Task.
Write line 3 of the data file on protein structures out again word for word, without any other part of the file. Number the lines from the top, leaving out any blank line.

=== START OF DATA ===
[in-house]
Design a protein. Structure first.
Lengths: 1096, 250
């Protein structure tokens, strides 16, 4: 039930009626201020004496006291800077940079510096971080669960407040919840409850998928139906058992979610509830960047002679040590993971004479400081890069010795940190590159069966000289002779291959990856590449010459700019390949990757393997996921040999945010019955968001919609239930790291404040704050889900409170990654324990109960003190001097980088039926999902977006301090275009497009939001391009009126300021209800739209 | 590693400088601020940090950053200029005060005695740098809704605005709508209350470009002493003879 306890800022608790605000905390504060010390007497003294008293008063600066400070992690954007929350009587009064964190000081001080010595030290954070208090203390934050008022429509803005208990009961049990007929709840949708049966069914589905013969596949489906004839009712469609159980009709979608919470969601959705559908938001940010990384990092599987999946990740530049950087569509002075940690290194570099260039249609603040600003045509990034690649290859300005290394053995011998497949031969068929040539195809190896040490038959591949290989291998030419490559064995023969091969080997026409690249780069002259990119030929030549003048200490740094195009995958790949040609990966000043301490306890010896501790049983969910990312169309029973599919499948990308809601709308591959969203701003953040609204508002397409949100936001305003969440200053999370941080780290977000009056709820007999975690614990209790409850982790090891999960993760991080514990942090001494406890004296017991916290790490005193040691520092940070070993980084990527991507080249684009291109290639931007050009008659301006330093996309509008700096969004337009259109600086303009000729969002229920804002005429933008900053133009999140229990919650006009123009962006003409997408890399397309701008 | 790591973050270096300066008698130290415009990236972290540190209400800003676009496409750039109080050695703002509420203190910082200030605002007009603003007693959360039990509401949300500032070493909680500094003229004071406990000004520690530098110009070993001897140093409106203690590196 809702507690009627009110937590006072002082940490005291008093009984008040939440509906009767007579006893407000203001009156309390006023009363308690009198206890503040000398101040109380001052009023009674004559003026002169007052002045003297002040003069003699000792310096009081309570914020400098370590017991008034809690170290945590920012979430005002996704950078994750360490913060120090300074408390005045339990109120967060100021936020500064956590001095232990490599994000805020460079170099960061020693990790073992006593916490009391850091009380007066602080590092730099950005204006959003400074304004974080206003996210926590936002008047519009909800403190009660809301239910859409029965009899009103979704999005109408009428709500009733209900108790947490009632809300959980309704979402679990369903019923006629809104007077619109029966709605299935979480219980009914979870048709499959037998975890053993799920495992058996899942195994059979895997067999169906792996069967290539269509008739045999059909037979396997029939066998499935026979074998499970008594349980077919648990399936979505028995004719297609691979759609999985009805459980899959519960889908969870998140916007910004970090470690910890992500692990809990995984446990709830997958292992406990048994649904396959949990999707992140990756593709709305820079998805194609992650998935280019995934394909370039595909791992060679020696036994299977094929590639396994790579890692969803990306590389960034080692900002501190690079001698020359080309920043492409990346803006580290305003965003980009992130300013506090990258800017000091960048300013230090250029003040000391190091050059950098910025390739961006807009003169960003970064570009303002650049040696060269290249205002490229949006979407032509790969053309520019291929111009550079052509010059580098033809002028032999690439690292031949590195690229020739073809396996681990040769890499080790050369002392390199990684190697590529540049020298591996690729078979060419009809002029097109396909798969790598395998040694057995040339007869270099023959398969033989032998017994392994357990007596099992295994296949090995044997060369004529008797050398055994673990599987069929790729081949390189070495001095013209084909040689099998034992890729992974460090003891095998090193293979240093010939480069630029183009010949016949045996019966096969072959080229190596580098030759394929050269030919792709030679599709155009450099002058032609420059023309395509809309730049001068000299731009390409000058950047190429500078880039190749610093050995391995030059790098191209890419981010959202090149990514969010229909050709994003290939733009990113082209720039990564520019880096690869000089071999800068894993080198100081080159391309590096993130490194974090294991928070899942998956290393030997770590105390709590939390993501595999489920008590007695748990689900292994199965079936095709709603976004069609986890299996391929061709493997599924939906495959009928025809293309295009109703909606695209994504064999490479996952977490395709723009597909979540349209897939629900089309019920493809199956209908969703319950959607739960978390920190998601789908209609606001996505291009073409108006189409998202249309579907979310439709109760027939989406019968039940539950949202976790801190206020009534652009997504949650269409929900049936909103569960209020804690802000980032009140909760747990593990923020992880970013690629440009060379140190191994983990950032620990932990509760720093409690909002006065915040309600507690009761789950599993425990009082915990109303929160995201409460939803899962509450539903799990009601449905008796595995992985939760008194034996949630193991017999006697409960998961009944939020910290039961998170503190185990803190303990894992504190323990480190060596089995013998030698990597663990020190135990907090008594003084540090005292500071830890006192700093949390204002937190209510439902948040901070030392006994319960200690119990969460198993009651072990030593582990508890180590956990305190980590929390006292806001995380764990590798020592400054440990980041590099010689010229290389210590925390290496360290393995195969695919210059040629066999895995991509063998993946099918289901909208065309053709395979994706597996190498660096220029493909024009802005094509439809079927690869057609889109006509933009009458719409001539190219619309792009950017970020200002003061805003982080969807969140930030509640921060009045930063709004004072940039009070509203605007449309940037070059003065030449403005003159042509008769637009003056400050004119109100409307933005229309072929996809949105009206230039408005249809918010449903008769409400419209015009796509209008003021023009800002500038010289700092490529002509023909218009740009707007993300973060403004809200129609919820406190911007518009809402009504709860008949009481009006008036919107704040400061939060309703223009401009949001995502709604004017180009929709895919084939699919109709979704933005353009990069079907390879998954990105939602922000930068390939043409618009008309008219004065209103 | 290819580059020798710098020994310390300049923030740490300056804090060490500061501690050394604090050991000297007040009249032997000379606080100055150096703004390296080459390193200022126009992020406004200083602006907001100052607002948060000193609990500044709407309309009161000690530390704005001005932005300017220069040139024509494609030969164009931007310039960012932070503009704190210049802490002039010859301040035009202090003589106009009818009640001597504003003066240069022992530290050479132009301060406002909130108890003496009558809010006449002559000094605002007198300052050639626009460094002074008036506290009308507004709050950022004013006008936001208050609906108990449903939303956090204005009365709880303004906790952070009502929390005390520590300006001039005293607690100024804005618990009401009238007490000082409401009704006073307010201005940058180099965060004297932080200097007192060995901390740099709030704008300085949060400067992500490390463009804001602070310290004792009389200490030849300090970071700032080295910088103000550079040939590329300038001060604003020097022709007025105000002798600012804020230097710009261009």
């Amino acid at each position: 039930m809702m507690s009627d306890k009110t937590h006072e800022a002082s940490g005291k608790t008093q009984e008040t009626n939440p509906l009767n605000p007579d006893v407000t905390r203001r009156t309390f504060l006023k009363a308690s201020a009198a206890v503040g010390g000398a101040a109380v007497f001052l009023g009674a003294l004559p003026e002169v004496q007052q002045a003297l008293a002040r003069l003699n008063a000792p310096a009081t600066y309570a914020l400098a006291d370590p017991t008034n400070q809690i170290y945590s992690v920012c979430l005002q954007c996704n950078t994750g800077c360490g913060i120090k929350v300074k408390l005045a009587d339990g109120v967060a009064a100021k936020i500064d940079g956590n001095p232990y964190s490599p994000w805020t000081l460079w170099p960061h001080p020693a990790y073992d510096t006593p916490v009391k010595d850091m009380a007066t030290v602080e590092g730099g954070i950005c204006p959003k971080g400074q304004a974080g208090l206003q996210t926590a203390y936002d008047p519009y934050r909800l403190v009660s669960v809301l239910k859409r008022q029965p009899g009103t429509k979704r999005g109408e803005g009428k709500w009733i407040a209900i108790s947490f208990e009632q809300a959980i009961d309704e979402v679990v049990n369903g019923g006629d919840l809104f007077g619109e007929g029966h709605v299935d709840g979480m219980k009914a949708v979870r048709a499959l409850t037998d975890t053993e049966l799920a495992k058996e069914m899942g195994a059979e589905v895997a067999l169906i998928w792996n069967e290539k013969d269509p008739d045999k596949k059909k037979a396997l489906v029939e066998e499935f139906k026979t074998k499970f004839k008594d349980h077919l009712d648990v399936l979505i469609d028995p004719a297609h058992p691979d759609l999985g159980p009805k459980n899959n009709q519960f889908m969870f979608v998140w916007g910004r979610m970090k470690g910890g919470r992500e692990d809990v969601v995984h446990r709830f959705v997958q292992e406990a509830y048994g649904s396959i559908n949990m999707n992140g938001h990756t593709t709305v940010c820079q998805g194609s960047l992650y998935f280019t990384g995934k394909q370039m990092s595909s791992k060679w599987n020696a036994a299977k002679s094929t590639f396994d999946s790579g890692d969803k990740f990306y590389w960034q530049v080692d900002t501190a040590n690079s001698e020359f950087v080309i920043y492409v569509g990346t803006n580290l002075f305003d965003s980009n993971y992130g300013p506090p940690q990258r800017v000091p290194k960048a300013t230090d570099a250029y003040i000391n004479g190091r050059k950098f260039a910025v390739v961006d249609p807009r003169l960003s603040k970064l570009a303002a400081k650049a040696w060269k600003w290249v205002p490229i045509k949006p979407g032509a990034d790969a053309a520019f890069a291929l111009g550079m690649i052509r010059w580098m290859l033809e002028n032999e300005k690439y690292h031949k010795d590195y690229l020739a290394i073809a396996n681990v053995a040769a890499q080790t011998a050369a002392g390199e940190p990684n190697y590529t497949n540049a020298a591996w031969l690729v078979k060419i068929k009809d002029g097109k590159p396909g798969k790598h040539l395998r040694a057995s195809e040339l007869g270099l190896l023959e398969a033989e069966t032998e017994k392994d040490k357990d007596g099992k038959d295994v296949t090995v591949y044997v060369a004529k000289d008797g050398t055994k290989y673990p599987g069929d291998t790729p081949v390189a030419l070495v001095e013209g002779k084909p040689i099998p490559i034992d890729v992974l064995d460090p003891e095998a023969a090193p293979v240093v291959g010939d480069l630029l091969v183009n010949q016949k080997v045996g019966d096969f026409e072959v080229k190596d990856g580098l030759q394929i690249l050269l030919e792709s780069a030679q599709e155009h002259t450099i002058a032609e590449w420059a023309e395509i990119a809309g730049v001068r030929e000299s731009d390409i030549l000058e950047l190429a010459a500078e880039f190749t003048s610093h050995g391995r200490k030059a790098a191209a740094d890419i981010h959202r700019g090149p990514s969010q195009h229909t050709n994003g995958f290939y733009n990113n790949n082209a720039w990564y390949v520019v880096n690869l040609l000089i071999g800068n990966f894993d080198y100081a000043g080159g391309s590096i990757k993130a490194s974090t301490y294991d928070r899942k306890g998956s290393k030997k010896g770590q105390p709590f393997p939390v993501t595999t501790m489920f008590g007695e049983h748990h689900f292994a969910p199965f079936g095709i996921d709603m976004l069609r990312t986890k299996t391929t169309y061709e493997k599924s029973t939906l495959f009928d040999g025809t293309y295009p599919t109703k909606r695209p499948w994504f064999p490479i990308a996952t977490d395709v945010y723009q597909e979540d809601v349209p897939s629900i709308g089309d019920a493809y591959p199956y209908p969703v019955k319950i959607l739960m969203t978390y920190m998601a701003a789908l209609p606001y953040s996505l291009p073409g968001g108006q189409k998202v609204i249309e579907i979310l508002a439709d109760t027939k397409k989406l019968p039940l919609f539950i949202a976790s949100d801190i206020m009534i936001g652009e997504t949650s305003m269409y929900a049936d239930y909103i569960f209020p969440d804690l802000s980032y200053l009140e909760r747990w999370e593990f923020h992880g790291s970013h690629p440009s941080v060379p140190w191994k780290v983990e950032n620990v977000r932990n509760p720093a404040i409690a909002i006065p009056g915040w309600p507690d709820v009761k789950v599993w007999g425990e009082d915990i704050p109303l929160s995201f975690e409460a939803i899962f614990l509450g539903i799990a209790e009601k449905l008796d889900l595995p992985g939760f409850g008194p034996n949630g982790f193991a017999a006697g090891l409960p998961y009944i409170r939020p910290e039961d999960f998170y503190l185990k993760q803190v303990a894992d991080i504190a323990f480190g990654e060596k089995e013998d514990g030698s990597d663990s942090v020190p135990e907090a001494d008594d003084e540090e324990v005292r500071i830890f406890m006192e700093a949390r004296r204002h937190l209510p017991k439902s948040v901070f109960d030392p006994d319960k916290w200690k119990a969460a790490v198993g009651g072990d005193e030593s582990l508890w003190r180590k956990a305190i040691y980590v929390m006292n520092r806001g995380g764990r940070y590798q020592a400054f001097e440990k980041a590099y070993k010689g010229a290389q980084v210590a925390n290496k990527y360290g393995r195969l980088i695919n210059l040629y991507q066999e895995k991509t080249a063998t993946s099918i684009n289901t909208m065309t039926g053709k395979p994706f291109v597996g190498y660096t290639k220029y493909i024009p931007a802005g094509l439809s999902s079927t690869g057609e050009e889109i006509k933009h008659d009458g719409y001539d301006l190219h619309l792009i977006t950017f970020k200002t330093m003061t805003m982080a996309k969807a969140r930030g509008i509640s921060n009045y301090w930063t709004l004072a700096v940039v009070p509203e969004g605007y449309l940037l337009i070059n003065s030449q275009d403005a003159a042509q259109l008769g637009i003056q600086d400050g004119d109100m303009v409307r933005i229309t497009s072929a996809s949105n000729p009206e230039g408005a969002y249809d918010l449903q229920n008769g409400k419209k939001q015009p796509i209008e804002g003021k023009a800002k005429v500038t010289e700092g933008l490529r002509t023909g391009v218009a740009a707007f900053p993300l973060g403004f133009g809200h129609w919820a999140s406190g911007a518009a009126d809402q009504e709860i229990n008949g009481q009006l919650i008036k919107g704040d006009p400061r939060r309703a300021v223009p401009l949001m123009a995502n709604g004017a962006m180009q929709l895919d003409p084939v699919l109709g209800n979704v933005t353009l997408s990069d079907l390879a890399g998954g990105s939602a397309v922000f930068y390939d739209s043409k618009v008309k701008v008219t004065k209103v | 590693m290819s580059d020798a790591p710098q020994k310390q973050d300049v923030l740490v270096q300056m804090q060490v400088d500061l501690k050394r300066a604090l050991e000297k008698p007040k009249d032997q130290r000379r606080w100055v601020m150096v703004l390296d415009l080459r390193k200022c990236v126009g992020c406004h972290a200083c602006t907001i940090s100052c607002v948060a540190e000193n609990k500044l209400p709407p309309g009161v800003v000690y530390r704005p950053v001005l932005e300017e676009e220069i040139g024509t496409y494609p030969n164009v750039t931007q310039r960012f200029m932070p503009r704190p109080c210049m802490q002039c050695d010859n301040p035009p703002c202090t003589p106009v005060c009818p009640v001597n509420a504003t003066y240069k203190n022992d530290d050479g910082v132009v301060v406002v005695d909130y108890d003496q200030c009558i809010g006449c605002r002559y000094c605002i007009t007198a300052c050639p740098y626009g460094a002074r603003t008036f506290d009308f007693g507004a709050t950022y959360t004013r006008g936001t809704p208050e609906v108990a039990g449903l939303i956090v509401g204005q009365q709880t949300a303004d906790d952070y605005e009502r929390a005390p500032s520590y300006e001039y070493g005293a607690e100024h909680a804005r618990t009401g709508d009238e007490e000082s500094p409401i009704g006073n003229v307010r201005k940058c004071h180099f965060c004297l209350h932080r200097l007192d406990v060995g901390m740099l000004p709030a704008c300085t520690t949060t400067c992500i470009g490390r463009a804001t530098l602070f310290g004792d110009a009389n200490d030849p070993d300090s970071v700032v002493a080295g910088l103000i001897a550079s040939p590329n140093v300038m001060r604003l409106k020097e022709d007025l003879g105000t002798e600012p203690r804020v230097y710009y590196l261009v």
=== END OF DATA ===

Lengths: 1096, 250